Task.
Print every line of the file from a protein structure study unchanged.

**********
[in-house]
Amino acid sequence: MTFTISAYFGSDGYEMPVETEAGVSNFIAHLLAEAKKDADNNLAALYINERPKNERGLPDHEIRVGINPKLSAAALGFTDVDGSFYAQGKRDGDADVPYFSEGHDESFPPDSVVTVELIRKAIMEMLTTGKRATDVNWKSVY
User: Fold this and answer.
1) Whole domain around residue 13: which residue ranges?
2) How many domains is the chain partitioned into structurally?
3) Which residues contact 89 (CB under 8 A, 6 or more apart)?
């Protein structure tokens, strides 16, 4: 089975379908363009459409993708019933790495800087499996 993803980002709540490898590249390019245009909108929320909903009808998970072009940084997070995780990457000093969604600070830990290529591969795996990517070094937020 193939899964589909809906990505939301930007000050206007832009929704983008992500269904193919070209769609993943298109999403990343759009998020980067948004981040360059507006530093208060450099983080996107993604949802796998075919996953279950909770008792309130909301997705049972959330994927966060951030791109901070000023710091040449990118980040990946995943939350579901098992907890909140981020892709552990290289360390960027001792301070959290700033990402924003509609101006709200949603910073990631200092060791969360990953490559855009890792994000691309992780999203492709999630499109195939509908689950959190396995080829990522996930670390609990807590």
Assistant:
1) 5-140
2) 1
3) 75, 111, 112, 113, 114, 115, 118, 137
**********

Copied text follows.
[in-house]
Amino acid sequence: MTFTISAYFGSDGYEMPVETEAGVSNFIAHLLAEAKKDADNNLAALYINERPKNERGLPDHEIRVGINPKLSAAALGFTDVDGSFYAQGKRDGDADVPYFSEGHDESFPPDSVVTVELIRKAIMEMLTTGKRATDVNWKSVY
User: Fold this and answer.
1) Whole domain around residue 13: which residue ranges?
2) How many domains is the chain partitioned into structurally?
3) Which residues contact 89 (CB under 8 A, 6 or more apart)?
């Protein structure tokens, strides 16, 4: 089975379908363009459409993708019933790495800087499996 993803980002709540490898590249390019245009909108929320909903009808998970072009940084997070995780990457000093969604600070830990290529591969795996990517070094937020 193939899964589909809906990505939301930007000050206007832009929704983008992500269904193919070209769609993943298109999403990343759009998020980067948004981040360059507006530093208060450099983080996107993604949802796998075919996953279950909770008792309130909301997705049972959330994927966060951030791109901070000023710091040449990118980040990946995943939350579901098992907890909140981020892709552990290289360390960027001792301070959290700033990402924003509609101006709200949603910073990631200092060791969360990953490559855009890792994000691309992780999203492709999630499109195939509908689950959190396995080829990522996930670390609990807590």
Assistant:
1) 5-140
2) 1
3) 75, 111, 112, 113, 114, 115, 118, 137